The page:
Trump traveled to the New York suburb to discuss efforts to combat the violent MS-13 gang, which he pledged to dismantle and deport.
"Together we're going to restore safety to our streets and peace to our communities and we're going to destroy the vile, criminal cartel MS-13 and many other gangs," Trump said.
Long Island has been particularly affected by the brutal street gang, with recent high-profile murders gripping the community there.
"We've gotten a lot of them out of here," Trump said, at times looking at his director of Immigration and Customs Enforcement. "But the rest are coming. They'll be out of here quickly, right? Quickly."
The speech was laced with violent imagery, with Trump saying MS-13 has rendered the suburb into "blood-stained killing fields."
"They kidnap. They extort. They rape and they rob," Trump said. "They stomp on their victims. They beat them with clubs, they slash them with machetes, and they stab them with knives. They have transformed peaceful parks and beautiful quiet neighborhoods into bloodstained killing fields. They're animals."
Trump repeatedly pledged in his speech, delivered in front of law enforcement officers at Suffolk County Community College, to have the backs of police and law enforcement.
"We're going to enforce our laws, protect our borders and support our police like our police have never been supported before," Trump said.
He praised the "rough" officers of ICE and suggested that police shouldn't protect the heads of suspects when they're arrested.
"When you see these thugs thrown into the back of a paddy wagon. You see them thrown in, rough. I said, 'Please don't be too nice,' " Trump said, mentioning observing the prisoner's heads being shielded. "I said, 'You can take the hand away.' "
The President also noted his longstanding campaign pledge to build a wall along the US border with Mexico.
"We're going to secure our border against illegal entry and we will build the wall, that I can tell you," Trump said, noting that the House on Thursday advanced $1.6 billion for the first wave of construction, though that still has to pass the Senate. "The wall is vital, and vital as a tool for ending the humanitarian disaster brought, and really brought on by drug smugglers and new words we haven't heard too much of, human traffickers."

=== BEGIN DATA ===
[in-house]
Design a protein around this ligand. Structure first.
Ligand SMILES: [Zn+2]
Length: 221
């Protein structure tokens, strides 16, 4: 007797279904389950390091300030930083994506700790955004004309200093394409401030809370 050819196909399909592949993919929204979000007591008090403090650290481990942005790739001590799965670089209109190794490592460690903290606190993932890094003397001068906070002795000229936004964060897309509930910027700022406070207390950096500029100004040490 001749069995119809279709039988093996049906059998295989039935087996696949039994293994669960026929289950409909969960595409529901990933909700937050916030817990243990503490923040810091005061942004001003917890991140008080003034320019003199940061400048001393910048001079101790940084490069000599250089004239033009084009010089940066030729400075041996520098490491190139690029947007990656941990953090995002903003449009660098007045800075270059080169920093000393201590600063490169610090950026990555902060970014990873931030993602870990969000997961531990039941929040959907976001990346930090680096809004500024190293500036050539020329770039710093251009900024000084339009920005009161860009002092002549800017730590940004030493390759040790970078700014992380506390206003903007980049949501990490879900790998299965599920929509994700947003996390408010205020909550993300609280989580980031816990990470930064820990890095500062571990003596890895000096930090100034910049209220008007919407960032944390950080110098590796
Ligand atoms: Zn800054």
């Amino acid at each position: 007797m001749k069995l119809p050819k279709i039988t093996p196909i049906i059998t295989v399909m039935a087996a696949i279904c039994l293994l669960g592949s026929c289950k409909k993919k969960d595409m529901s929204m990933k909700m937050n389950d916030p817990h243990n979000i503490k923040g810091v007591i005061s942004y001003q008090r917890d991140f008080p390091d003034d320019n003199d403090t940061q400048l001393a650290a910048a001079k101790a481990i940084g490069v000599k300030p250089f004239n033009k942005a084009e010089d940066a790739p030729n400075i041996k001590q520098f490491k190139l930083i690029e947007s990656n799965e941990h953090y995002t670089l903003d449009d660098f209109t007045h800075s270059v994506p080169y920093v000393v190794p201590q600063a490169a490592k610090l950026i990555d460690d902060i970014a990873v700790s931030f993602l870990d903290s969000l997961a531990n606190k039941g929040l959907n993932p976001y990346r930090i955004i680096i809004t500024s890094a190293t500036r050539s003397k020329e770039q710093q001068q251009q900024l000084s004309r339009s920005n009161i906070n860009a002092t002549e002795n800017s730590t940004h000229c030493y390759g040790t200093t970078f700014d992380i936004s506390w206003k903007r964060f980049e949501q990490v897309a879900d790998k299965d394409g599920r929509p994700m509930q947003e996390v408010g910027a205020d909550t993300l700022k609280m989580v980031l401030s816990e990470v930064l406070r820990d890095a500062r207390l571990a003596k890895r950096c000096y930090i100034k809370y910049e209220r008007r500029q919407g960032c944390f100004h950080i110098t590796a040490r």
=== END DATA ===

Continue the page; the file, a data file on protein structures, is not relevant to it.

Trump and his key surrogates -- Attorney General Jeff Sessions and Homeland Security Secretary John Kelly -- have spoken frequently about the perniciousness of MS-13 and its relationship to illegal immigration.
The gang has strongholds in the US, El Salvador, Guatemala and Honduras. The Obama administration's Treasury Department sanctioned
the gang in 2012 as a transnational criminal organization -- the first such designation for a street gang. The US law enforcement community has also been fighting the gang for years.
"We will find you, we will arrest you, we will jail you and we will deport you," Trump said, painting with a broad brush to imply all the gang members are immigrants.
Sessions was in El Salvador this week to discuss the threat from that side of the border, as well, with the Justice Department announcing Thursday that Salvadoran prosecutors charged 113 MS-13 gang members.
While no expert disagrees that the gang is a particularly violent and brutal criminal organization -- whose preferred weapon is machetes -- there have been concerns about the Trump administration's use of the organization as a justification for its immigration policies.
Mara Salvatrucha, known as MS-13, actually began in the United States -- in Los Angeles in the 1980s amid a flood of Salvadorans fleeing a civil war to the US.
As the gang grew stronger, authorities also deported immigrants in the 1990s back to Central America, which is what first sent the gang to those countries, where it also took hold.
An administration official pointed to migration from Central America as the "principle factor" for MS-13's growth in the US, though the administration has been continuously unable to give reporters any hard numbers of how many suspected MS-13 members are immigrants or were gang members when they migrated to the US.
A Congressional Research Service analysis of MS-13 found
that its ranks were continuously strengthened by deportees from the US returning home, even as members also migrated to the US.
A House homeland security subcommittee recently held field hearings in New York on the threat as it relates to unaccompanied minors coming illegally into the US, and witnesses repeatedly told lawmakers that undocumented immigrants and teenagers are especially vulnerable to becoming victims of the gang if communities don't do enough to support, welcome and protect those individuals.
There were roughly 24,000 MS-13 members in Central America in 2012, according to an analysis
by the UN Office on Drugs and Crime. Today, the Justice Department estimates roughly 30,000 members worldwide and more than 10,000 in the US, a number that has held steady for some years but that the department believes is trending upward.